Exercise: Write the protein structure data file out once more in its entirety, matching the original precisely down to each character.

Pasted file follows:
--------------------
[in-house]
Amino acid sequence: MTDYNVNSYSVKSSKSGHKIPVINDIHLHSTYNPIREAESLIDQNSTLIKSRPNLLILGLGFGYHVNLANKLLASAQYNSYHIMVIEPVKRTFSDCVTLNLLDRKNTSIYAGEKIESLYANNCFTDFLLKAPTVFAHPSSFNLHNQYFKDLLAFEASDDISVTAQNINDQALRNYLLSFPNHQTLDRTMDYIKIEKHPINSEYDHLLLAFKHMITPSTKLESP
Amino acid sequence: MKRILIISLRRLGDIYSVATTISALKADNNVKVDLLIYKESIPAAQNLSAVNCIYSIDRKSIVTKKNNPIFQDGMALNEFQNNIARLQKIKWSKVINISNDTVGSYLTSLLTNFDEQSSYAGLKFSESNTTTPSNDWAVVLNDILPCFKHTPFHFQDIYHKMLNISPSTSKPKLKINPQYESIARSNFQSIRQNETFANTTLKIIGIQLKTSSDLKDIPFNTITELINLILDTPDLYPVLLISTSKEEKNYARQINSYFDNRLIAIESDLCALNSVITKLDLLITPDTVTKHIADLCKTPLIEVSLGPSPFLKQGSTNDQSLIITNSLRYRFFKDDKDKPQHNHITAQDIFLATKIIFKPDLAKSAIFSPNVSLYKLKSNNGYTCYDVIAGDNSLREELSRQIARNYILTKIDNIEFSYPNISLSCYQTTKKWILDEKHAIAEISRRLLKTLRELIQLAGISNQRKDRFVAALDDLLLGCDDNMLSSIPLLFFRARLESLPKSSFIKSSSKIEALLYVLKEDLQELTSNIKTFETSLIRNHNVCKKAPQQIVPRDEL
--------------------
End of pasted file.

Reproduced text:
[in-house]
Amino acid sequence: MTDYNVNSYSVKSSKSGHKIPVINDIHLHSTYNPIREAESLIDQNSTLIKSRPNLLILGLGFGYHVNLANKLLASAQYNSYHIMVIEPVKRTFSDCVTLNLLDRKNTSIYAGEKIESLYANNCFTDFLLKAPTVFAHPSSFNLHNQYFKDLLAFEASDDISVTAQNINDQALRNYLLSFPNHQTLDRTMDYIKIEKHPINSEYDHLLLAFKHMITPSTKLESP
Amino acid sequence: MKRILIISLRRLGDIYSVATTISALKADNNVKVDLLIYKESIPAAQNLSAVNCIYSIDRKSIVTKKNNPIFQDGMALNEFQNNIARLQKIKWSKVINISNDTVGSYLTSLLTNFDEQSSYAGLKFSESNTTTPSNDWAVVLNDILPCFKHTPFHFQDIYHKMLNISPSTSKPKLKINPQYESIARSNFQSIRQNETFANTTLKIIGIQLKTSSDLKDIPFNTITELINLILDTPDLYPVLLISTSKEEKNYARQINSYFDNRLIAIESDLCALNSVITKLDLLITPDTVTKHIADLCKTPLIEVSLGPSPFLKQGSTNDQSLIITNSLRYRFFKDDKDKPQHNHITAQDIFLATKIIFKPDLAKSAIFSPNVSLYKLKSNNGYTCYDVIAGDNSLREELSRQIARNYILTKIDNIEFSYPNISLSCYQTTKKWILDEKHAIAEISRRLLKTLRELIQLAGISNQRKDRFVAALDDLLLGCDDNMLSSIPLLFFRARLESLPKSSFIKSSSKIEALLYVLKEDLQELTSNIKTFETSLIRNHNVCKKAPQQIVPRDEL